Animal Emergency Hospital of North Texas

Grapevine ER caters to pets of all varieties

As summer approaches, the rising Texas heat and outdoor activities can be particularly dangerous for pets and animals that become more active during the warmer months.

Rising temperatures can pose dangers for pets that aren't properly hydrated and may not yet be acclimated to the heat. However, in the 24 hour Animal Emergency Hospital of North Texas, doctors are equipped to handle whatever may walk, crawl or fly through the door.

For a little more than a decade, the Grapevine hospital has provided a full range of veterinary services, including emergency services, supportive care, immunization programs, dental care, hospitalization, and diagnostic and therapeutic services.

The hospital is armed with diagnostic equipment, and it has an in-house laboratory offering X-ray examinations, urinalysis and parasite testing. It also offers various clinical and surgical procedures, including injury treatments and orthopedic and soft tissue surgeries.

"It's very much like a human ER," Dr. Libby Ramirez said. "We're open 24 hours, and we never know what we're going to see and treat day to day."

The hospital stays busy most of the time, said Ramirez, who started working there in 2003. She expects this summer to be busy.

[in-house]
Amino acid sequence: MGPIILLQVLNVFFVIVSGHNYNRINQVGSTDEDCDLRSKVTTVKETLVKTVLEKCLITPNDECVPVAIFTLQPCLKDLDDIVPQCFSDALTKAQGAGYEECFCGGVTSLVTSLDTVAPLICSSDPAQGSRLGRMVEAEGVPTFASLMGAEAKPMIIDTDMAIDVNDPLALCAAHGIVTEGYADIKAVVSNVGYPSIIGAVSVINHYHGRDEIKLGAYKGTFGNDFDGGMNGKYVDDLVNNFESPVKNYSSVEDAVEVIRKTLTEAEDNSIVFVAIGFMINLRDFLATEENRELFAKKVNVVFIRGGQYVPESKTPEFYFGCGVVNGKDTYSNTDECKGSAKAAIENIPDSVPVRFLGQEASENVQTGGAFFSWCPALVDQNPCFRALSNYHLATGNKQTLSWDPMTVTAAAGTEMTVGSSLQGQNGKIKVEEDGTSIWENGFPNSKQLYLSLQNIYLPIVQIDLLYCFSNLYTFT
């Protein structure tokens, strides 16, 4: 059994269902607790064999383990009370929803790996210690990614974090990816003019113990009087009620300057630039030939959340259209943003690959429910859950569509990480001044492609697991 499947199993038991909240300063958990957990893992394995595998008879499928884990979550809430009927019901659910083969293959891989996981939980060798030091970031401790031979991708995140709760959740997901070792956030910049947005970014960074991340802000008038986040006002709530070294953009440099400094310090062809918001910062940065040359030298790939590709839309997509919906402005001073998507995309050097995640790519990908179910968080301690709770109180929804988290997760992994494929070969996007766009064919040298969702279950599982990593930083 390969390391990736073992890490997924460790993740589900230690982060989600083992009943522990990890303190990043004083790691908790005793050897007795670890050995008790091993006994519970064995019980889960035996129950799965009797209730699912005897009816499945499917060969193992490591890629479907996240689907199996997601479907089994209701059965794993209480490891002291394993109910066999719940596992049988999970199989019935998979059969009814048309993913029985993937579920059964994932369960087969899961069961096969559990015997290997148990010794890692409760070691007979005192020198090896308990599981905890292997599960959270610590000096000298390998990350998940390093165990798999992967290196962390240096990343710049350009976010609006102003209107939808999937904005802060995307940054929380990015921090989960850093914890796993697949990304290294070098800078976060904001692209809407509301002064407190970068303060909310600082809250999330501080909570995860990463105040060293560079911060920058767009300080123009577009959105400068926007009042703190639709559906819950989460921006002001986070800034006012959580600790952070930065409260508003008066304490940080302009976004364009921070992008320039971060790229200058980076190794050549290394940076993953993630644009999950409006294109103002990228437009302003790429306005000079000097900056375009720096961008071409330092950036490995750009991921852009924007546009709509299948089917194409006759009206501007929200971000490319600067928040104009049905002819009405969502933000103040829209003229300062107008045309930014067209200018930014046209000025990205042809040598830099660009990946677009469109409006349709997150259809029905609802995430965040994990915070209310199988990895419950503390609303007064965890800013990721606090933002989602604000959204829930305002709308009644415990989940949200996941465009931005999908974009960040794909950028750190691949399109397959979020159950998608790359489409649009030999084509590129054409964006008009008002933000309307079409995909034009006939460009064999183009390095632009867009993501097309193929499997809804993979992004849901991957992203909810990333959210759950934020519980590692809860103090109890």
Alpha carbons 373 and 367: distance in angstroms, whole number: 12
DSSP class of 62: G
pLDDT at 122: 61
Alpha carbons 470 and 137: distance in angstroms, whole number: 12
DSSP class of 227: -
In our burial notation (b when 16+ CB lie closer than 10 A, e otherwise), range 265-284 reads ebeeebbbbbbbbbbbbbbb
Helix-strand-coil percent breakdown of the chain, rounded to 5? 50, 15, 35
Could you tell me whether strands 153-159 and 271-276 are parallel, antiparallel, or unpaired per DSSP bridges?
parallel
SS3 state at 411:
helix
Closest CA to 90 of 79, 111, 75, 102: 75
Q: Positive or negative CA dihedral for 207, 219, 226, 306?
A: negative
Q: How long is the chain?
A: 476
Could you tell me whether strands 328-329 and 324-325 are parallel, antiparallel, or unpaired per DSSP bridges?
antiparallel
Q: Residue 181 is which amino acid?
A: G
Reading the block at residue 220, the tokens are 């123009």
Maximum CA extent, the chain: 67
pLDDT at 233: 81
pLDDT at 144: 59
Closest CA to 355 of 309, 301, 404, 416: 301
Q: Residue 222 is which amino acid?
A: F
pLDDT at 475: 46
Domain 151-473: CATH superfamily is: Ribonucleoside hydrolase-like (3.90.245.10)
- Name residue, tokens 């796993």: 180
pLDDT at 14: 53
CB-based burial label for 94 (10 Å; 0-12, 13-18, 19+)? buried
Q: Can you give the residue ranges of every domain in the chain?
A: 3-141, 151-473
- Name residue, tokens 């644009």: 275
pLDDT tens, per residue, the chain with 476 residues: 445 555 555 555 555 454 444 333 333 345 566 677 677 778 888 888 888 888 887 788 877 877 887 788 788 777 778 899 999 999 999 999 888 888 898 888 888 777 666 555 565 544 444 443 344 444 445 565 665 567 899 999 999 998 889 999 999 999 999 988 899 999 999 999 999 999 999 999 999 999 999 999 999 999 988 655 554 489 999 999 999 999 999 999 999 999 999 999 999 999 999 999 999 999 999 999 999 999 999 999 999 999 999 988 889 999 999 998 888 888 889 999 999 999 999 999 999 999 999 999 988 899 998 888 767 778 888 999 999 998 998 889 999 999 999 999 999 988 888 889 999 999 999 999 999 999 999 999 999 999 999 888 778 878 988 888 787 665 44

"People are more active outdoors when it's warmer than in the winter, and they are more likely to take their pet with them wherever they go," she said. "Unfortunately, around this time we see more animals get hit by cars, dogs swallowing fish hooks and other injuries."

Ramirez recommends keeping a closer watch on animals and making sure pets are vaccinated because heartworm cases also rise during the warmer months.

The animal hospital concentrates on meeting the needs of dogs, cats, birds, reptiles and other small exotic pets presented on an emergency or critical care basis.

To accomplish this, the hospital is fully staffed with about eight doctors and support staff 24 hours a day to meet the needs of the community.

Grapevine resident James Whiltes said he went to the hospital about three years ago after his dog, Chips, was hit by a car.

"I thought I was going to lose her," he said. "But the hospital staff was very understanding and helpful."

Chips survived the accident and Whiltes said it's all because of the doctors at the hospital working quickly to save her.

"They even went beyond just treating Chips. They gave me information that I could use to take better care of her, and she hasn't been hit by another car since," he said with a laugh.

The animal hospital is just one part of the The Animal Emergency Hospital and Veterinary Specialty Center, which is comprised of six individual practices with a common goal of providing quality health care. Though the clinics are separated by specialty, doctors and staffs work as a team to offer a broad array of services.

Animal Emergency Hospital of North Texas, 2700 W. Hwy. 114,, Grapevine, 817-410-2273, www.aehnt.com